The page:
16 January 2009
Pan-African cellular operator MTN and fixed-line operator Neotel are to jointly build a 5 000km fibre-optic cable network connecting several major centres across South Africa.
According to an article by Engineering News this week, the total cost of building the network will be about R2-billion, while the two companies will be able to save between R400-million and R500-million in capital and operational expenditure as a result of working together.
“This co-build agreement with Neotel marks the biggest collaboration in the South African telecommunications industry, and is a defining moment in the history of the country,” MTN South Africa MD Tim Lowry said in a statement this week.
‘Almost infinite bandwidth’
The first phase of the national fibre network will run from Gauteng to KwaZulu-Natal province, incorporating Pietermaritzburg and Durban, and also linking up with undersea fibre-optic cables such as Seacom, which is currently being laid, and Eassy.
Construction of the first phase is expected to start in March, with completion ahead of the country’s hosting of the Fifa World Cup in June 2010.
According to the statement, the fibre-optic network will provide both companies with “almost infinite” bandwidth capacity to carry more voice and data information, at higher speeds, over greater distances, and using less power than conventional copper cables.
“The collaboration of these two companies signifies a bold step towards convergence in the South African telecommunications space,” said Neotel CEO Ajay Pandey. “We have seen so many exciting developments in the industry since late last year, and we believe that this partnership is a significant milestone as we redefine the telecommunications landscape.”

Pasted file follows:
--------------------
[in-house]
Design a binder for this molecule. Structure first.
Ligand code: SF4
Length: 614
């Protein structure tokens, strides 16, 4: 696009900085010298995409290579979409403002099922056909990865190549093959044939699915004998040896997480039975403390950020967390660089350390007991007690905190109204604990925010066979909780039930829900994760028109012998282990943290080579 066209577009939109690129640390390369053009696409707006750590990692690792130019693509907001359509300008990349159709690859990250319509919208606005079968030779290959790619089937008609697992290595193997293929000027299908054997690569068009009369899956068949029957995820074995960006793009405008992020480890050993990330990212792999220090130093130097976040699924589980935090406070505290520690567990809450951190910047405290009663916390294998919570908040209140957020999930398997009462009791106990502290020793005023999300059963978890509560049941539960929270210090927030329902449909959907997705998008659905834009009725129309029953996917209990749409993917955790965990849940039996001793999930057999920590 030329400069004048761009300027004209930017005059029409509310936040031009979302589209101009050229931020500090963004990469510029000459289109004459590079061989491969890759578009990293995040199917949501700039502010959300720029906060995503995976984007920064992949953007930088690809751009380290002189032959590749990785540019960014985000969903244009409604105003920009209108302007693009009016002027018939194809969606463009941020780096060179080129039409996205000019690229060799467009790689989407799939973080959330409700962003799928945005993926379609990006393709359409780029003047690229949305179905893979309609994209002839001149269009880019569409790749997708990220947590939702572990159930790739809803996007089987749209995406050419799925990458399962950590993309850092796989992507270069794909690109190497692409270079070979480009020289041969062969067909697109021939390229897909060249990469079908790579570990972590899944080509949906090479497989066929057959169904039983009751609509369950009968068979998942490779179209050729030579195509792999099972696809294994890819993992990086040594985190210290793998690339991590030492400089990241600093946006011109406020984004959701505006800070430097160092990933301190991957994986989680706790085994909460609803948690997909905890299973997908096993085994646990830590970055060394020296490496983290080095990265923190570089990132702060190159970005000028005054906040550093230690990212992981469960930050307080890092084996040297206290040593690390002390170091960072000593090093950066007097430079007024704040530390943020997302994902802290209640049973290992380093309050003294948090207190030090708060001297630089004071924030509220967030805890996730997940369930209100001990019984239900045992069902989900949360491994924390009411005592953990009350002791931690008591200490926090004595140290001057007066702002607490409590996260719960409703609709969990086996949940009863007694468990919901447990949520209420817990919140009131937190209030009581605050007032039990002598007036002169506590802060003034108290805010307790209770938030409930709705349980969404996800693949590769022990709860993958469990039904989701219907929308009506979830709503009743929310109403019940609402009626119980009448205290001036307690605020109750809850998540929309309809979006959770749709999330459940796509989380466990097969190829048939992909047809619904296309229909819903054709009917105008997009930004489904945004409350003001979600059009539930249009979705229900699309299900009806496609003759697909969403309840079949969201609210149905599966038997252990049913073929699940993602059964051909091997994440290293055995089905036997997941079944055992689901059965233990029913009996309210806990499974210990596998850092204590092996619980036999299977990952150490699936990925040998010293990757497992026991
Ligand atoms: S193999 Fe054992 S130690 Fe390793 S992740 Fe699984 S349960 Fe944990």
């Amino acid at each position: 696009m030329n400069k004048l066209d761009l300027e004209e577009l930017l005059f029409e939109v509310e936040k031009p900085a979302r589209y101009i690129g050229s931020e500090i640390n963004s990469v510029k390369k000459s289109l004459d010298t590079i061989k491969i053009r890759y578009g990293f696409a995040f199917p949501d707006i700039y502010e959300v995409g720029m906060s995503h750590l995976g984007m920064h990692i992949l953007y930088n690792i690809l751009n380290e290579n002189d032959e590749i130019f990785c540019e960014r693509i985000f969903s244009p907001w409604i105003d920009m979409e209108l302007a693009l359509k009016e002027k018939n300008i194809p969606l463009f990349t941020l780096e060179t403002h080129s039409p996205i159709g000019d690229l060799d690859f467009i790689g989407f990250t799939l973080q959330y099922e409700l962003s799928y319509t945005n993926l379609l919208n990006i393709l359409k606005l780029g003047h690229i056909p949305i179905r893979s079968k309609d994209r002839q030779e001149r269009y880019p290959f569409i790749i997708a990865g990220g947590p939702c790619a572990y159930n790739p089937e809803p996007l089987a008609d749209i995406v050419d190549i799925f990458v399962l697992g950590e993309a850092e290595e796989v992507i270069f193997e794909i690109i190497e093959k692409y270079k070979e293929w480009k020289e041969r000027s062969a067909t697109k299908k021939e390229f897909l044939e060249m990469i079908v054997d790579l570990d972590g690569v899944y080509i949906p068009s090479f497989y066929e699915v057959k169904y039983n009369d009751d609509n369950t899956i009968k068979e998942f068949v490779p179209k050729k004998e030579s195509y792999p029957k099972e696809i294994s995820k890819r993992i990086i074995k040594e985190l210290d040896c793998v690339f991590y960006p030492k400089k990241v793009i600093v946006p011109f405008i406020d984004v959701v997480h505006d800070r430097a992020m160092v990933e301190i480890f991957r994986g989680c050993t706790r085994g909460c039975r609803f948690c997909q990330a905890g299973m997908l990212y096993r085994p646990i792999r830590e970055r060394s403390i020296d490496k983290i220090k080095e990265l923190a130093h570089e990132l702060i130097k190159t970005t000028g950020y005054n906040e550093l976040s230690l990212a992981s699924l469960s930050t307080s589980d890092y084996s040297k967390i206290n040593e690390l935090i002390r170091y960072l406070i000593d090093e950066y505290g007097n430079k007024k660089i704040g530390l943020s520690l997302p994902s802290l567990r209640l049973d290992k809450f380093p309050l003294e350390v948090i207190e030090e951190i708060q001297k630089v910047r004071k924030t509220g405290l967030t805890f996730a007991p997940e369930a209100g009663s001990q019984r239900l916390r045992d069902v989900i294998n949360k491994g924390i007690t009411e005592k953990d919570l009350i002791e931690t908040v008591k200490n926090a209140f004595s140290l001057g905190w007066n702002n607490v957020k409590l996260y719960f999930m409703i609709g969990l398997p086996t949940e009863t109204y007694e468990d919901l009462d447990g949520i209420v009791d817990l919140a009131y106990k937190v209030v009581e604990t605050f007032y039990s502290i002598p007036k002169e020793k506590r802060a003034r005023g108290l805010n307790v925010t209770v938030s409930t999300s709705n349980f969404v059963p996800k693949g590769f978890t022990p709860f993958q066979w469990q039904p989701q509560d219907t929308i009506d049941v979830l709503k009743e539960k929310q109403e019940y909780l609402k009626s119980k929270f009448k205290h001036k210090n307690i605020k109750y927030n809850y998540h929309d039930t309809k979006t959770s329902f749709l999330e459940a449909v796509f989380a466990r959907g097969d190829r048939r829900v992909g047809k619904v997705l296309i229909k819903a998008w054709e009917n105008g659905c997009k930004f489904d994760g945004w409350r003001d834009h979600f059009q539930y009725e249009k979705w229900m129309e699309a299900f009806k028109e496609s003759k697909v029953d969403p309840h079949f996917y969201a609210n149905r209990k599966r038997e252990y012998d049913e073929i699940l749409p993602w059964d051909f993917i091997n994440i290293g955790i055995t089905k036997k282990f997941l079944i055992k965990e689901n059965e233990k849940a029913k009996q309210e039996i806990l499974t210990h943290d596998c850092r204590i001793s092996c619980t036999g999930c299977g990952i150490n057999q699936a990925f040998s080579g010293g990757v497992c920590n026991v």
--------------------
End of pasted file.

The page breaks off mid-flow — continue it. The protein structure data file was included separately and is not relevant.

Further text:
Self-provisioning, reduced costs
By having their own network in place, both companies will no longer have to rely on competitor Telkom to provide them with bandwidth capacity, which MTN said was both costly and unreliable.
In addition, Lowry pointed out that the two companies working together on the fibre-optic network had an added benefit, in that they would only need to single-trench to serve both companies needs.
“This will ensure that our customers benefit from the improved services in the long run, with the least disruption to the environment and road-users during the construction phase,” he said.
Pandey pointed out that a core objective of Neotel was to bring down the cost of telecommunications in South Africa – a task which the company believed could only be achieved through self-provision.
“It makes sense for us to work together in building this infrastructure, as it will enable us to bring services to a broader group of customers, and furthermore reduces the direct cost of building the network,” he said, adding that he believed the move would eventually lead to a reduction in telecommunications costs.
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